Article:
• Wasting Time on the Internet

    Author(s):
    Kenneth Goldsmith
    Editor(s):
    Michael Roy
    Date:
    2020
    Subject(s):
    Identity (Psychology)
    Item Type:
    Course Material or learning objects
    Tag(s):
    DPiH, DPiH Open, DPih Course Material or learning objects, Syllabus, Practice, Assignment, Student agency, Reflection, Digital pedagogy, Identity
    Permanent URL:
    http://dx.doi.org/10.17613/c7vf-kj07
    Abstract:
    Curatorial note from Digital Pedagogy in the Humanities: The course Wasting Time on the Internet starts with this basic premise: How do you make art out of the enormity of the Web, the Internet, and everything in between? What happens if you start with the premise that there will be no textbook, nothing you need to buy at the bookstore, nothing the library needs to license on your behalf, and you simply set students loose to do what they will, and make what they can? Wasting Time on the Internet depends upon an open Internet for the students to ramble through. As such, it is a fascinating case study, as Katy Waldman notes in “Frontiers of the Stuplime,” in not just meeting students where they are but pushing them to move beyond multitasking into a mode of pure distraction and play, all the while encouraging a level of self-awareness and reflection on what it means to create art in an age of information excess, and how the Internet shapes knowledges and identity.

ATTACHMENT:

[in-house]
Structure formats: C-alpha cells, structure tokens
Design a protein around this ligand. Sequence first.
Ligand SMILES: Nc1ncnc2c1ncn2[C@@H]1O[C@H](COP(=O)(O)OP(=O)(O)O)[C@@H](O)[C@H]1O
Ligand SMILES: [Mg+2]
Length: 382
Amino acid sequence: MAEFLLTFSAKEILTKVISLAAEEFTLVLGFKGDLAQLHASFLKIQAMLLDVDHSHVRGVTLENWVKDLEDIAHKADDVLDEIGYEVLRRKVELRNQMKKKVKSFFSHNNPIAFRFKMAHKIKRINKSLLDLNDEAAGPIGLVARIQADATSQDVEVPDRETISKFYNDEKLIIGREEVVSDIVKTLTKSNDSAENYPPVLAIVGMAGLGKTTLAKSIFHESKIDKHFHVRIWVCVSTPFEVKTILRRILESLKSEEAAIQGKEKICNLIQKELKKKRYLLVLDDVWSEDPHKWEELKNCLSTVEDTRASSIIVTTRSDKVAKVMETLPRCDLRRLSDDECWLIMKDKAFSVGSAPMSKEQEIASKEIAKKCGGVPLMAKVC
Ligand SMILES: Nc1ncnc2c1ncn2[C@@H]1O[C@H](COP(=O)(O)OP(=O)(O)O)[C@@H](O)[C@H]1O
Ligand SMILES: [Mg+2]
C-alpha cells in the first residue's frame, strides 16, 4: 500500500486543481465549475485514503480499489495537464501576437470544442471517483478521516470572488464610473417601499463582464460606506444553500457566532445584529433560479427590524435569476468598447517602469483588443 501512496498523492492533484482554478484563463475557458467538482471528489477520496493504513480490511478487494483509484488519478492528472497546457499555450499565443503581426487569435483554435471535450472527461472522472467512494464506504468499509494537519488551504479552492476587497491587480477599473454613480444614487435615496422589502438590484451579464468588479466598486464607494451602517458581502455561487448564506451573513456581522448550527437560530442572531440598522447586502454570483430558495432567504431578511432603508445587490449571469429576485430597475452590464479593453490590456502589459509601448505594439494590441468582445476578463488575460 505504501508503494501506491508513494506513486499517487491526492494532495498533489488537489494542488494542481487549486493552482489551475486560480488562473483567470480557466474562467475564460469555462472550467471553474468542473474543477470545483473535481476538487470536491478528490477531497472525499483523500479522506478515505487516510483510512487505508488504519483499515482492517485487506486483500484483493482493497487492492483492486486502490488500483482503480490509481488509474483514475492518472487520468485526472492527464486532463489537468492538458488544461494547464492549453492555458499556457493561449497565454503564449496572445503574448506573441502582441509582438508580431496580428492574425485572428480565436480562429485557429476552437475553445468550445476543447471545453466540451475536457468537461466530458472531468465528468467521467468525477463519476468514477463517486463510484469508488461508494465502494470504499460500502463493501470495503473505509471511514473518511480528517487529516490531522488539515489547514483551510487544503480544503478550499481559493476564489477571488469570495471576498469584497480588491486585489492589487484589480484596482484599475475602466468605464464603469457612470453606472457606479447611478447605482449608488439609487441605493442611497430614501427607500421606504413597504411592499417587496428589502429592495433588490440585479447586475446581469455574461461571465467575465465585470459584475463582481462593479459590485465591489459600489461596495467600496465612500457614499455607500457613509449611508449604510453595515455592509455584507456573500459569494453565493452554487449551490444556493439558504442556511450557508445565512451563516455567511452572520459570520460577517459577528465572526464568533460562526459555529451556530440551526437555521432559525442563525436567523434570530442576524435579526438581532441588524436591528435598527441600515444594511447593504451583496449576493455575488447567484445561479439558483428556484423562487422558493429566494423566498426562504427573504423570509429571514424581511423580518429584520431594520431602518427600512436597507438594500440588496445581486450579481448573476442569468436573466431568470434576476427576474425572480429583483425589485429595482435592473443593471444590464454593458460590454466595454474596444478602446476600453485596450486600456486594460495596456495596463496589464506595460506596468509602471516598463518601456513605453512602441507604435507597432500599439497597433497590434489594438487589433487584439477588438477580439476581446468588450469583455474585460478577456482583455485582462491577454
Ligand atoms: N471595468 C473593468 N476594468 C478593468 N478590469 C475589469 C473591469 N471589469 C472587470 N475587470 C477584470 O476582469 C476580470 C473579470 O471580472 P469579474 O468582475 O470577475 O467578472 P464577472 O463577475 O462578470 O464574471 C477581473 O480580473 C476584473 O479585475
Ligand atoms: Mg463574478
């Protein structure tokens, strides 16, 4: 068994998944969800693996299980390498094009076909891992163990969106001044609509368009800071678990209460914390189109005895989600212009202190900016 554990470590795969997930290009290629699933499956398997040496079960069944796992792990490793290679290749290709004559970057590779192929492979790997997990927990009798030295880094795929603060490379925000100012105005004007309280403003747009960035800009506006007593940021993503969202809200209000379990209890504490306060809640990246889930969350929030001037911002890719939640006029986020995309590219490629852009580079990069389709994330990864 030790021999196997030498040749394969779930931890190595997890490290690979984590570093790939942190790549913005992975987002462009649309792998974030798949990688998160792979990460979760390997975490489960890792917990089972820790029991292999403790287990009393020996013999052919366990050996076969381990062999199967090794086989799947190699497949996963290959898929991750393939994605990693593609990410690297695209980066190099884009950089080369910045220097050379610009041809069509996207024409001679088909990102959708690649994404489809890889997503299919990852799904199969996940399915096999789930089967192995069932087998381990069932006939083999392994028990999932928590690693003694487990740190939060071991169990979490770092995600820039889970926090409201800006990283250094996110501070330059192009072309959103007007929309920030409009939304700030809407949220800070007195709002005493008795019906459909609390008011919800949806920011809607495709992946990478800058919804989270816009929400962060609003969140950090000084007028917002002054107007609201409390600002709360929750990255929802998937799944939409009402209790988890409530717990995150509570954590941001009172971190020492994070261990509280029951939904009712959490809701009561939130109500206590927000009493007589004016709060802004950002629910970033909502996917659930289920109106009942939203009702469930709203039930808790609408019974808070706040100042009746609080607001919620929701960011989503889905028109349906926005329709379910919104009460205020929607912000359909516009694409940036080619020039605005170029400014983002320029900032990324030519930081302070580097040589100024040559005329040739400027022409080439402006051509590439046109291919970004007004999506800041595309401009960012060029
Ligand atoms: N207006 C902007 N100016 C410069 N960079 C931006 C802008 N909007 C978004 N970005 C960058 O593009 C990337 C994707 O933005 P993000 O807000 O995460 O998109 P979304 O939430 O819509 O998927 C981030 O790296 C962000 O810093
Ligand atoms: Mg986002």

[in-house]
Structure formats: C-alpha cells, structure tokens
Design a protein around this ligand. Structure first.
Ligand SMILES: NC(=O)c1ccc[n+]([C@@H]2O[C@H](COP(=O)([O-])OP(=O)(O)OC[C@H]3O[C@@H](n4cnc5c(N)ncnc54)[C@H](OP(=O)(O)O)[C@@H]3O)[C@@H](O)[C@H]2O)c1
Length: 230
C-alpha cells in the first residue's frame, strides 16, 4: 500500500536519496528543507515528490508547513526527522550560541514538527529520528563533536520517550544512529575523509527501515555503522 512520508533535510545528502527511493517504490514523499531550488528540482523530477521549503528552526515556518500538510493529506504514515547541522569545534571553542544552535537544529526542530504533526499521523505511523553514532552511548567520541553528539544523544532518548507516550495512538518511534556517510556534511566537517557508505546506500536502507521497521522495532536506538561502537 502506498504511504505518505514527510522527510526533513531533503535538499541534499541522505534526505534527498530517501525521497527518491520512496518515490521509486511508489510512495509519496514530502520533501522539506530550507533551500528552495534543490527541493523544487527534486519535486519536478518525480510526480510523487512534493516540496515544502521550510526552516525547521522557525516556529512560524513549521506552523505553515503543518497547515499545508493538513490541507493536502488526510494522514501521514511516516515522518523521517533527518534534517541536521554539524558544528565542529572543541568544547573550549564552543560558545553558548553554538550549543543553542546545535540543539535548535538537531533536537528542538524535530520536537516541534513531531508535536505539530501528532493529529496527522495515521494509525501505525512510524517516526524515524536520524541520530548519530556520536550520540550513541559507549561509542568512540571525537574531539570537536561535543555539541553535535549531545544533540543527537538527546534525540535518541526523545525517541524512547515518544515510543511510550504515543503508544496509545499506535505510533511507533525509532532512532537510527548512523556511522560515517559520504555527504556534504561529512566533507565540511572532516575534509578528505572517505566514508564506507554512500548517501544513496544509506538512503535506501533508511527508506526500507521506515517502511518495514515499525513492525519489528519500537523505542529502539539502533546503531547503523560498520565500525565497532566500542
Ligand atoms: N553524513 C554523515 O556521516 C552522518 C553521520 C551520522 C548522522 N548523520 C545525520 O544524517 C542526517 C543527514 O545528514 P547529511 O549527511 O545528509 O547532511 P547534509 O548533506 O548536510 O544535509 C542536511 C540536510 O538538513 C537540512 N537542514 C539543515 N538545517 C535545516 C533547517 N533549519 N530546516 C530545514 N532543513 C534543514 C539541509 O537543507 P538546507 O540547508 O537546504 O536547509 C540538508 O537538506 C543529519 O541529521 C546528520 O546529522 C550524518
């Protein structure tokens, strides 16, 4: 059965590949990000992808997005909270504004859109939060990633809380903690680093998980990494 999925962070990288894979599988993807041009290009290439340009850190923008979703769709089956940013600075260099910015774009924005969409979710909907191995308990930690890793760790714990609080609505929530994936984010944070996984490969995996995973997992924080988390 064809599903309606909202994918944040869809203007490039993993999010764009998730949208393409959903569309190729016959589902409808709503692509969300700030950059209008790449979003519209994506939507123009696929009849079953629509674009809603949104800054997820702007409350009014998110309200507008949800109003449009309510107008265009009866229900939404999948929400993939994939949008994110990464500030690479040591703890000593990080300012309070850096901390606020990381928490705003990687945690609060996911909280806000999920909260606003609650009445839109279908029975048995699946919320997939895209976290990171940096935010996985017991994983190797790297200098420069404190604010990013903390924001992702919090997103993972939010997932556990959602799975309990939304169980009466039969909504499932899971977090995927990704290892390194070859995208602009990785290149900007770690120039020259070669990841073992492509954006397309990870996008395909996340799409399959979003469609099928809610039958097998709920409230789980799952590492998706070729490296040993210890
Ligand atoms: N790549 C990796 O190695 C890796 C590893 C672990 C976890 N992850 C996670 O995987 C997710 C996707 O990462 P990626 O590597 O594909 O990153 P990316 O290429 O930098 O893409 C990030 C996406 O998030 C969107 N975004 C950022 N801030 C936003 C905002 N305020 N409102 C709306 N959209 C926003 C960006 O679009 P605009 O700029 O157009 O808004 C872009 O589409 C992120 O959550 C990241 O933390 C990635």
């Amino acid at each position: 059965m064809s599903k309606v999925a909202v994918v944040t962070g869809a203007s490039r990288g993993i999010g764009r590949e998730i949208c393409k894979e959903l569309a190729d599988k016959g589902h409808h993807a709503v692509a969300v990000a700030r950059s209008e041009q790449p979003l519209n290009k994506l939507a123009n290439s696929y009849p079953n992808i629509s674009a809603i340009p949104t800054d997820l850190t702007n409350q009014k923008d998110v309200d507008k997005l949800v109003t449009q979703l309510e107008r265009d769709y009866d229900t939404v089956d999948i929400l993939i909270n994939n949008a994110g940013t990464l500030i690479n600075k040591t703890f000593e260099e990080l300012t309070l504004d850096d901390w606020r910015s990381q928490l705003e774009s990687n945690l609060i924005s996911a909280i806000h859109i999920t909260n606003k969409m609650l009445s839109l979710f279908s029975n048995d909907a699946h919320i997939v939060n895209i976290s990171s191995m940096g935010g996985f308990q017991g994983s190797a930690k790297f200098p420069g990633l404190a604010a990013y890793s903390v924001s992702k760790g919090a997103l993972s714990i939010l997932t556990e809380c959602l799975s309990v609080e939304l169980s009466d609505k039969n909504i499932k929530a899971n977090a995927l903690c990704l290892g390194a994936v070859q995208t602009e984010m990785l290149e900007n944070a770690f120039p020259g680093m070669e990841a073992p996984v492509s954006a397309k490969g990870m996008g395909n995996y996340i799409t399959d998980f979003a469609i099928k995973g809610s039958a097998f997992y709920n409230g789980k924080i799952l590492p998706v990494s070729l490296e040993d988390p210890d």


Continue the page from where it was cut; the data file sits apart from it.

Notes:
    This deposit is part of Digital Pedagogy in the Humanities. Digital Pedagogy in the Humanities is a peer-reviewed, open-access publication edited by Rebecca Frost Davis, Matthew K. Gold, Katherine D. Harris, and Jentery Sayers, and published by the Modern Language Association. https://digitalpedagogy.hcommons.org/.
    Metadata:
    Status:
    Published
    Last Updated:
    2 years ago
    License:
    Attribution-NonCommercial
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